Theresa May waters down ‘dementia tax’ in humiliating Tory U-turn
Prime Minister Theresa May has pulled an extraordinary U-turn by backing down from her “dementia tax” policy just four days after making it the center of her election manifesto.
May’s change of heart, which came amid fierce protests and a slash in the Tories’ lead over Labour in the polls, means the Conservatives will now set an “absolute limit” for what people will have to pay for social care. Just last Thursday, May threw out plans for a cap.
The Tories suffered from negative reactions to their social care plans over the weekend. The policy, dubbed the ‘dementia tax,’ would mean elderly people would have to pay for care in their own home if they had total assets of £100,000 or more.
May announced the humiliating U-turn at the launch of the Welsh Conservatives’ manifesto in Wrexham on Monday, claiming she needed to clarify that there would be a cap because of attacks made by Jeremy Corbyn.
The Tory prime minister accused the Labour leader of making “fake claims” about the policy, alleging he had been “scaremongering” in the hope that he could “sneak over the line” by “falsely claiming families will lose their house over our social care policy.”
“We have not changed the principles of the policies we set out in our manifesto,” she claimed.
However, in confirming the U-turn, May vowed that the Tory plan will “include an absolute limit on the amount people have to pay for their care costs.”
May has been barraging voters with the idea that she and her party are Britain’s “strong and stable” option, but many people have been pointing out that pulling such a dramatic U-turn does not seem to reflect this mantra.
Corbyn slammed May in wake of her social care climbdown, tweeting: “You can’t trust a word Theresa May says. This is a government in chaos and confusion.”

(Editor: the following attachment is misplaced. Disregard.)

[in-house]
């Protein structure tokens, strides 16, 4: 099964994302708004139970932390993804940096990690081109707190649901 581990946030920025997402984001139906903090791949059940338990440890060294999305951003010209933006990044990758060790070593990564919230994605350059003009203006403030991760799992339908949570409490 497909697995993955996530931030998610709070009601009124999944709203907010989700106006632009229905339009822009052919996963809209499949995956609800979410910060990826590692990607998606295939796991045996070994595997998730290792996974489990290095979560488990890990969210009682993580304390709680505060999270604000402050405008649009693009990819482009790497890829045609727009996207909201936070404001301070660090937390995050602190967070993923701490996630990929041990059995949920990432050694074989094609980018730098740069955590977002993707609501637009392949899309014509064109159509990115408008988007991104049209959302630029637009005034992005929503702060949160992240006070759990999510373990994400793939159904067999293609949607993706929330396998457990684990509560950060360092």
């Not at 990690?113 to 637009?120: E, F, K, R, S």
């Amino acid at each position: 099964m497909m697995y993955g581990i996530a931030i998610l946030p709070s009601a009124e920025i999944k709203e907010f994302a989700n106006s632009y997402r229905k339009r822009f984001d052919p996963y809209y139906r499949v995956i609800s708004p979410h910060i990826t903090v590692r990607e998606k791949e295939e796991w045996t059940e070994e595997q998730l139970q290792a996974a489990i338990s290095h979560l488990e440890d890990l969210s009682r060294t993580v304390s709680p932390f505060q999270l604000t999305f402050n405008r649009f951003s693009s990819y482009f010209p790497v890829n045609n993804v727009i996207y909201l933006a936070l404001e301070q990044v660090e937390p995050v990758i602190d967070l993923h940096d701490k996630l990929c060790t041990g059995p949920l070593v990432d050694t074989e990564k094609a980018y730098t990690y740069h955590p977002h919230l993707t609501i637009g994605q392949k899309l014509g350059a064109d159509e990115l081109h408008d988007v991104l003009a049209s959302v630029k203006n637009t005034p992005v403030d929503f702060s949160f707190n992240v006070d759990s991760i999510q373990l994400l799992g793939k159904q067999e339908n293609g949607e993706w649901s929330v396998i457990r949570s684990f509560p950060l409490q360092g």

Labour MP Angela Eagle tweeted: “If that’s ‘strong and stable leadership in the national interest’ then I’m a banana.”
If this government is strong and stable then I'm Denzel Washington and I'm playing up front for Spurs next season. Rank incompetence https://t.co/1rhU36wViZ— David Lammy (@DavidLammy) May 22, 2017
Former Labour leader Ed Miliband also waded into the row, accusing May of lying. He tweeted: “This isn’t just an incompetent non u-turn it’s a lie. Nobody mentioned a cap because there wasn’t going to be one.”
This isn't just an incompetent non u-turn it's a lie. Nobody mentioned a cap because there wasn't going to be one. #takingpeopleforfools— Ed Miliband (@Ed_Miliband) May 22, 2017
Norman Lamb, a Liberal Democrat candidate, called May’s move a “manifesto meltdown.”
“This is not strong and stable. It’s panic and u-turn,” he tweeted.
This is @Theresa_May's manifesto meltdown. This is not strong and stable. It's panic and u-turn.— Norman Lamb (@normanlamb) May 22, 2017
Tories buy up Google adverts to stop ‘dementia tax’ searches
Over the weekend, it appeared as though the Tories were attempting to limit fallout from the ‘dementia tax’ by preventing people from reading about it.
According to the Independent, the party spent thousands of pounds to place ads at the top of Google searches for “dementia tax” that direct people to a special page on the Tory’s website.
“The so-called ‘dementia tax’ – get the real facts” Google ad, which appears for anyone searching the term, reads: “Social care and your family: the truth about the Conservatives’ plans.”
Underneath the ad is an array of news stories written about the dementia tax, all of which are negative.
The dementia tax has been partly blamed for the Tories’ shrinking lead over Labour, which has fallen into single figures since the Conservative manifesto was announced.